Luke Babbitt shot up draft boards back in 2010, all the way to No. 16, where he was taken by Minnesota and traded to Portland as part of the Martell Webster deal. He was a 6’9” guy who impressed in workouts and at the Draft Combine with his scoring touch, both from inside and out.
But drafting is an inexact science. At best. Babbitt never found favor with a series of Blazers coaches, he was a tweener forward who shot better as a four (and he did hit his threes) but was a defensive liability. Outside of making shots at the end of games that won fans free Taco Bell, he never did much of note Portland. After three years of his rookie deal Portland let him go, and he couldn’t latch on with another team.
So Babbitt is signing with BC Nizhny Novgorod in Russia for next season, reports CSNNW.com.
Babbitt’s agent Bill Duffy confirmed the deal saying, “My take is Luke needs to play 30 minutes a game and play a more expanded role. We’ve had recent success with both Danny Green (of the San Antonio Spurs) and Patrick Beverley (of the Houston Rockets) getting an opportunity to develop their games in Europe and return to the NBA. The NBA is a league of opportunity. We feel strongly this is the best move for Luke at this time.”
There are guys that go to Europe, improve and come back and make an impact in the NBA. But that is not the norm — usually this is the first step to a career overseas. We’ll see what happens with Babbitt.
LeBron James was dominant — the clear best player on the planet — when the Cleveland Cavaliers needed him most. That’s the reason Cleveland got its first major sports title in 52 years.
It’s the dead part of the NBA season — training camps don’t even open for a month — so why not enjoy a look back at LeBron’s amazing run to a legacy-defining NBA ring. Like you don’t have 15 minutes for this. What are you going to do, watch more preseason football?
It’s a summer tradition — tall NBA players swatting away the shots of young kids at camps/clinics.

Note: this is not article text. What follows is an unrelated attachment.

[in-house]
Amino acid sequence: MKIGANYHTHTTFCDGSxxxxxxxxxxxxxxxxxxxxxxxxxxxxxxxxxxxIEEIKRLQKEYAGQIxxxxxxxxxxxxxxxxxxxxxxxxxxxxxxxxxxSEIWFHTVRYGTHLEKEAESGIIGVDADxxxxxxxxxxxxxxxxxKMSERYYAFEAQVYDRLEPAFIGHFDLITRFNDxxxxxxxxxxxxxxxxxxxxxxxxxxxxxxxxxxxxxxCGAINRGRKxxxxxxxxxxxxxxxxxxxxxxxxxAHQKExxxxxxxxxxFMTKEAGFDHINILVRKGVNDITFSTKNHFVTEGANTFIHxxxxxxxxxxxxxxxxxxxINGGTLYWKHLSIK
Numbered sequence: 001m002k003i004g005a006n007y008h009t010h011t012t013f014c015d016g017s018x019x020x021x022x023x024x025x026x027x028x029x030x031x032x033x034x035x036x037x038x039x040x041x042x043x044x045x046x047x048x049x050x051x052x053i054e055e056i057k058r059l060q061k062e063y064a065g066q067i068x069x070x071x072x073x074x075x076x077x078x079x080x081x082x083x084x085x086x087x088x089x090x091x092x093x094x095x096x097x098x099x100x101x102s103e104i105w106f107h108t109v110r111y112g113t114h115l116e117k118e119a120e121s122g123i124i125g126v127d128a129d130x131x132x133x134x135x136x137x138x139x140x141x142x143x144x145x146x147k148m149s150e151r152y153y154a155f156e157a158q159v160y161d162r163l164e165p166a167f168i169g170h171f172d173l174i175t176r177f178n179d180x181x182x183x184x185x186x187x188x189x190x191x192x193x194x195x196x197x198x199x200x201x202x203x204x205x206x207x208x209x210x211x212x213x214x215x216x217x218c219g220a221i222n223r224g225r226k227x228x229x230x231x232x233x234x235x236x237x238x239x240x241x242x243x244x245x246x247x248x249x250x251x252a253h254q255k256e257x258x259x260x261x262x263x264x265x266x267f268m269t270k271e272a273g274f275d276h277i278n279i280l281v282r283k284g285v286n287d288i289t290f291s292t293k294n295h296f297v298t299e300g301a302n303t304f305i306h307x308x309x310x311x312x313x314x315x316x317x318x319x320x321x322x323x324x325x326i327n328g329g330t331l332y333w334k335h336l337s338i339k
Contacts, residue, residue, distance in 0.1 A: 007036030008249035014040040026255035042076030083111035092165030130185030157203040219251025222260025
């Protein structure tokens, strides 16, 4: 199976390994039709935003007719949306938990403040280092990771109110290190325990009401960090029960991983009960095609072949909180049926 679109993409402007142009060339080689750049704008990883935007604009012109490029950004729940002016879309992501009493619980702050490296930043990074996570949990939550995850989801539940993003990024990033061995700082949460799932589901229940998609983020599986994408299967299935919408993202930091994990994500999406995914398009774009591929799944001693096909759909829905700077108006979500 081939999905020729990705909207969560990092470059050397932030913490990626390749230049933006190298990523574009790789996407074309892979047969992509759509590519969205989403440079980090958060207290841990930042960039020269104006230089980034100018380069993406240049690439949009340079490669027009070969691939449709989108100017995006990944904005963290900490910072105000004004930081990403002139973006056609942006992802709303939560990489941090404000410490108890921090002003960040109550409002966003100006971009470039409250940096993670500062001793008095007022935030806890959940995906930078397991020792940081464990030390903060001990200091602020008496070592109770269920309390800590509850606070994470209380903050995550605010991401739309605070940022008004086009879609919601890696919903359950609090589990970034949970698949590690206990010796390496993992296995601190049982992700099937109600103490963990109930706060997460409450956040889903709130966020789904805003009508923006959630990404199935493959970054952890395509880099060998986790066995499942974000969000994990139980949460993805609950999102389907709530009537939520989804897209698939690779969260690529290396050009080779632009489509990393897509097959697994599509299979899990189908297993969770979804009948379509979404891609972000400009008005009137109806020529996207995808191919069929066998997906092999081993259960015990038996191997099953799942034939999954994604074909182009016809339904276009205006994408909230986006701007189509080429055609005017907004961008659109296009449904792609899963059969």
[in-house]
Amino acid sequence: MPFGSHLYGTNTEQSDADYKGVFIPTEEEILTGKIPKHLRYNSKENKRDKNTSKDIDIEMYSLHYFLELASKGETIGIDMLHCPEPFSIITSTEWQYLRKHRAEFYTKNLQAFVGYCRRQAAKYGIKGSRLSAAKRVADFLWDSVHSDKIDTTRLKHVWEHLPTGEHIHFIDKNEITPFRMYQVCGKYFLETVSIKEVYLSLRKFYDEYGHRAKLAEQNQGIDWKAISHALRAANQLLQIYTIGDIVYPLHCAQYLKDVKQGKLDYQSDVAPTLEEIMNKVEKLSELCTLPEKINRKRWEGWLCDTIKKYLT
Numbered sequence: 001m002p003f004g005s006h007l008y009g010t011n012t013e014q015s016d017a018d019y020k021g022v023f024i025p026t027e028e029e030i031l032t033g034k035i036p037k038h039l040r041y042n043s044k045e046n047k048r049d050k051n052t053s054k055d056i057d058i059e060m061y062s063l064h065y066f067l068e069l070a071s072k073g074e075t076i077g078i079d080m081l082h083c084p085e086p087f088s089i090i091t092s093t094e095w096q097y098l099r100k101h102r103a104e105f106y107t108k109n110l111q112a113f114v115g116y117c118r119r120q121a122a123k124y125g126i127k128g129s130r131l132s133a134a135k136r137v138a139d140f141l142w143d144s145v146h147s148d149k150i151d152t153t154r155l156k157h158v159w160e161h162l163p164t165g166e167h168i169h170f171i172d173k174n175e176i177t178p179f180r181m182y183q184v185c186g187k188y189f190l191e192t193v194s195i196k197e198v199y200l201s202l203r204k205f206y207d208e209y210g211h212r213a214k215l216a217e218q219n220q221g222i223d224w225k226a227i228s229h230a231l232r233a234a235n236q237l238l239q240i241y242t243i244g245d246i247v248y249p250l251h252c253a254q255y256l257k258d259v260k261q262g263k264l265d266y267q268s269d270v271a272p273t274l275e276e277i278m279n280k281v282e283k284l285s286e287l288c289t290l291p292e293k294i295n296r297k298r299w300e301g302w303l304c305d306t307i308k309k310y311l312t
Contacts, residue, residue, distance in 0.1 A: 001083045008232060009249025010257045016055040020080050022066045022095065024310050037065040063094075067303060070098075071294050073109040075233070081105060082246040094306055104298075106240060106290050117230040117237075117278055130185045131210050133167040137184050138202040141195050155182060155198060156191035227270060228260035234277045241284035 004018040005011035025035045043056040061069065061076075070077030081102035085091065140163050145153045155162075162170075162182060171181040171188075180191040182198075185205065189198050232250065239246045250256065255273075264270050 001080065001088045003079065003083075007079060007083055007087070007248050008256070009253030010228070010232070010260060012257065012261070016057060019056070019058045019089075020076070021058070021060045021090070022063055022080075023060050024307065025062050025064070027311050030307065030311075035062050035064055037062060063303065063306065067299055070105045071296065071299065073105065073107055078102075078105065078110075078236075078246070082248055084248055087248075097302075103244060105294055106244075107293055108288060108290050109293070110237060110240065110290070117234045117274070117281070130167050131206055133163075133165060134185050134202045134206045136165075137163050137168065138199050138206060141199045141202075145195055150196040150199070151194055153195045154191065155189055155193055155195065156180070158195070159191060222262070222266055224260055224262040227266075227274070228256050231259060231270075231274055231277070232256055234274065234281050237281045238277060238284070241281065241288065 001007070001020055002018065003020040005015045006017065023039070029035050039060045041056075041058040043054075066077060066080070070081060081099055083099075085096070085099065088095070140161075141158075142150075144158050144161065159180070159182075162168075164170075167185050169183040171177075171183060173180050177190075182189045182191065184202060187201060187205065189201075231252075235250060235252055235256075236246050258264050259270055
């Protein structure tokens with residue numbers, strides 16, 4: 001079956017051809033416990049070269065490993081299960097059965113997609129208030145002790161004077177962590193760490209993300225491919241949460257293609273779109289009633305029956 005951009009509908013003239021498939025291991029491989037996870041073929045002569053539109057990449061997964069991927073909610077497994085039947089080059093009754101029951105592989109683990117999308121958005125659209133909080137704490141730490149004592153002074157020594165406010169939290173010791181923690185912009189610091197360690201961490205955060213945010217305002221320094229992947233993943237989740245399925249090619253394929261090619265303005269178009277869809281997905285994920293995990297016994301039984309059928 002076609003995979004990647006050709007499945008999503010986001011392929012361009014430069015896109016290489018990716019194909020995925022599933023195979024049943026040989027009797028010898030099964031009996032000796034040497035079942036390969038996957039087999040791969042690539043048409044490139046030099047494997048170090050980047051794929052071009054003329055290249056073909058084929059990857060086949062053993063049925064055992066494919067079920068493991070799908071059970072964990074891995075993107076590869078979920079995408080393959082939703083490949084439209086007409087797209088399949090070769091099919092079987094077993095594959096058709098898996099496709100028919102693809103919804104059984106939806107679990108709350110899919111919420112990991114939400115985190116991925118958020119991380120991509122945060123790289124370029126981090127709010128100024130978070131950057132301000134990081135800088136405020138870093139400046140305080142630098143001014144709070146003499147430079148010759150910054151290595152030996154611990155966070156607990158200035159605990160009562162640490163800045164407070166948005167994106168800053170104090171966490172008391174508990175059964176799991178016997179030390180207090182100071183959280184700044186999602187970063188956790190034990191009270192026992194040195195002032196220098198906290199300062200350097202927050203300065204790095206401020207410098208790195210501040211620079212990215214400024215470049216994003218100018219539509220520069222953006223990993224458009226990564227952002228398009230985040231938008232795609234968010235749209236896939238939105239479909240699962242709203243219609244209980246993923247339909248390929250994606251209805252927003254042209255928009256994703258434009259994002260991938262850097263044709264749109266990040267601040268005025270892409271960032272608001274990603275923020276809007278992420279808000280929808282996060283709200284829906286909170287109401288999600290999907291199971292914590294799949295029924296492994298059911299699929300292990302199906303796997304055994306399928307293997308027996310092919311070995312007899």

Philadelphia’s Joel Embiid has yet to step on an NBA court — this fall, finally? — but he is part of the youth tradition now, destroying this young man at the Sixers Beach Bash event Saturday.
This summer Embiid has arm wrestled Justin Bieber and looked good working out in an empty gym, and to add to that list here is Embiid overpowering an average guy at Beach Bash then throwing it down. The man at least provided a little more resistance than a chair.
Despite the Warriors’ loss in the Finals, it’s been a good summer for Harrison Barnes. He signed a four-year, $94 million deal in Dallas and won a gold medal with Team USA at the Olympics in Rio de Janeiro. And maybe best of all, he got engaged on Saturday night, as he revealed on Twitter:
Congrats to Barnes and his new fiancée.
Shortly after winning a title with the Cleveland Cavaliers, veteran guard Mo Williams picked up his $2.2 million option for next season, choosing to take the guaranteed money on the table for him rather than test free agency at age 33. But he might not be with the Cavs this season — the Cleveland Plain Dealer‘s Joe Vardon reports that Williams is considering retiring from playing due to lingering knee problems, and the Cavaliers could waive him under the stretch provision in the coming days.
Williams, 33, a 13-year veteran and former All-Star who played a supporting role in the Cavs’ 2016 NBA championship, is strongly considering retirement, multiple sources told cleveland.com.
From Williams’ side of this, he battled a left-knee issue for most of last season while playing in just 41 regular-season games, as his playing time dwindled once Irving returned from knee surgery and the coaching staff chose to stick with Matthew Dellavedova as Irving’s backup.
Sources said his balky knee, desire to coach — especially younger players and children — and the obvious chance to go out as a champion are weighing heavily upon him.
Vardon reports that the Cavs are considering stretching him before the August 31 deadline, but are holding off for now because they want to leave open the possibility of a trade with another team to take on his salary. Either way, it looks as though Williams is done after 13 seasons in the NBA.